At first glance puzzle games are just that, interactive experiences with conundrums for the player to scratch their heads over, but actually a lot of puzzle games interweave narrative into their fabric, meaning that it's not just about solving one brain teaser after another, it's also about experiencing a journey at the same time. The narrative is the thread, and the puzzles unlock the doors to your progress, if you will.
This is exactly the case with The Voxel Agents' new game, The Gardens Between, as you progress through a set of levels that blend faraway island adventures with domestic familiarity, rewarding you with more nuggets of story each time you successfully complete a puzzle. The story in question isn't always clear since we're given no dialogue and only vignettes of the two characters, but that's the beauty of it - things aren't spelled out for us, but instead we're encouraged to just take in the childlike joy of fantasy and adventure.
Each 'level' of The Gardens Between takes place on an island with a path that the two characters follow to the top. It's far simpler in practice than it is to explain on paper, but essentially you use either of the analog sticks to make them walk back and forth - in turn reversing and progressing time respectively - and you use one button to interact with things. The goal is always to get the lamp you hold, fill it with light, then activate a shrine at the top of the island that lets you progress.
With us so far? Good, because here's where the complications come in. You're not just pressing forward until you win, but you do use this movement of time to solve puzzles. For instance, there's one section that requires you to enter a code on a telephone, but the only way you can do that is by rewinding and forwarding time as your characters jump across a set of keys on the floor. There's another example where you need to stop time as a droplet of water freezes between two wires, which in turn completes a circuit.
But wait! There's more, as while one character holds the aforementioned lamp, the other can use mechanisms in the world to shift it around, such as moving robots that can carry the lamp to different points, or reversing a particular chain of events like a giant Jenga tower toppling over. It's only by using them in conjunction that you can progress through The Gardens Between, and something so simple in essence eventually requires a bit of deeper thought.
The beauty comes from how creative The Voxel Agents gets with all the puzzles, as the examples we've highlighted demonstrate. This isn't just a case of seeing a door and finding a key, but about thinking how these moving parts in the world can be used in inventive ways to solve the conundrum at hand, which never becomes too frustrating as it requires you to simply observe and analyse a predetermined timeline that you're playing backward and forwards.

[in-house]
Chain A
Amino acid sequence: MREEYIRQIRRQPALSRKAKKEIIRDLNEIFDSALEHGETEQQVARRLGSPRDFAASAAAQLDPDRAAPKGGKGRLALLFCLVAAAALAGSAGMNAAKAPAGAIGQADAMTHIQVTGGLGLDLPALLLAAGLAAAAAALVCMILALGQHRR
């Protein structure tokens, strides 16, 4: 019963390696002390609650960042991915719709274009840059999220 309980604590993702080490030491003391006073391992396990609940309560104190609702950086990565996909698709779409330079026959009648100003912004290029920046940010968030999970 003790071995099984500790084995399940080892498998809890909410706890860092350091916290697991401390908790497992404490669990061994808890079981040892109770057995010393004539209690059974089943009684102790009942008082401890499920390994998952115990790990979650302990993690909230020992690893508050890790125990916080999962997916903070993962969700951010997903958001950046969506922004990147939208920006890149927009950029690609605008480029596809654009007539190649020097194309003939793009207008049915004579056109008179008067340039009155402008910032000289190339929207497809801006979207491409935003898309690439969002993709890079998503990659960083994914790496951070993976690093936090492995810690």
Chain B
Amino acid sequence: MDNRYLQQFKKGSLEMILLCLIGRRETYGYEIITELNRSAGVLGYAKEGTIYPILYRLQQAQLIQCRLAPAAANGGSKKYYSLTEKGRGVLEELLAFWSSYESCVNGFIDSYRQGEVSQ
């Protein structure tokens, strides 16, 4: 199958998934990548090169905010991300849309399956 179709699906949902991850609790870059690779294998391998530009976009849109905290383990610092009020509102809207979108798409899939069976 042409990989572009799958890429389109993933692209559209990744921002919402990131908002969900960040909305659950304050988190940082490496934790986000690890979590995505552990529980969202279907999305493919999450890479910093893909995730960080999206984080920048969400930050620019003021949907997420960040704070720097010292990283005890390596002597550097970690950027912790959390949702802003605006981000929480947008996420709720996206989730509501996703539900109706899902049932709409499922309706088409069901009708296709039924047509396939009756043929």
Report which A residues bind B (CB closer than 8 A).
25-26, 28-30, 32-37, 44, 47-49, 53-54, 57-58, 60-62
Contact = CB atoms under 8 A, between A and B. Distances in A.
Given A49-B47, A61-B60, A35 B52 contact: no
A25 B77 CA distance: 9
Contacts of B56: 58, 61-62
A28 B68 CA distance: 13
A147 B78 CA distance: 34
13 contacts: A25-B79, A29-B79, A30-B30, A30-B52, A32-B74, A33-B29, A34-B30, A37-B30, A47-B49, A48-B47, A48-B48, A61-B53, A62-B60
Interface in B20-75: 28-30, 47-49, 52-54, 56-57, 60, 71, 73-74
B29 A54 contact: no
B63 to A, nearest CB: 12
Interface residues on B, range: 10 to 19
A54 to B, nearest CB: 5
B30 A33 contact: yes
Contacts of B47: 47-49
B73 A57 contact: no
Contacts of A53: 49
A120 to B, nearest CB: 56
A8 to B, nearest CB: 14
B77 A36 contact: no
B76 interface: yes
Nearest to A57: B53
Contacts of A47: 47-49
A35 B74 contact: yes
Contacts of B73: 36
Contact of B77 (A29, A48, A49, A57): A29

There are also plenty of other cogs in this machine that can work as a help or hindrance, like particular flowers that give light to your lamp and others that take it away, providing new elements to work with. None of this ever keeps you stuck for long, but it does keep you guessing and trying new and exciting approaches in each level.
Each of these levels is also constructed around elements drawn from the real world, like paddling pools and televisions, all of which is meant to be a representation of an episode in the life of these two friends. What's more is that when you complete a selection of levels, you get to see a short vignette about what they were doing using pieces from the levels, showing their adventures as BFFs, which is really sweet.
In fact, the whole design of the game is wonderful, as not only do we get elements from the real world interwoven into these fantastical islands, but all of what we see is bursting with vibrant colour and personality, even down to the delicate animations we see as the two characters navigate the world. You can even tell their personalities in their movements despite the total absence of dialogue, as the girl is impatient and often hurries ahead of the boy, who is a little more reserved. Even the soundtrack is delightful and it really heightens the poignant emotional moments that we're treated to.
Speaking of emotions, this is a game that really does make you feel something; the story is a very human one as we witness two friends go on adventures that many of us will relate to, probably in places they shouldn't be, but hey, that's the joy of youth. All of this leads up to a really moving finale which we won't spoil, but we will commend The Voxel Agents for being able to deliver something so touching by using so little.
The one slight qualm we'd have with The Gardens Between is that some of the later levels, due to the situation they're trying to convey, are rather grey and lifeless, which isn't helped by the fact that they follow really sparkling levels packed with colour and light. It's nothing that brings down the experience, but we feel it might have been better to lead with these slightly darker colours.
If it wasn't clear enough, we'd thoroughly recommend The Gardens Between not only to puzzle fans but to all gamers looking for something a little different. It didn't stay with us for too long, but in the short time we had with it we discovered so much emotion and personality, and it's all wrapped up with a simple but effective design. The challenges themselves are inventive and the design is charming, which makes this one of the standout puzzle games of the year, perhaps even of the last few years.
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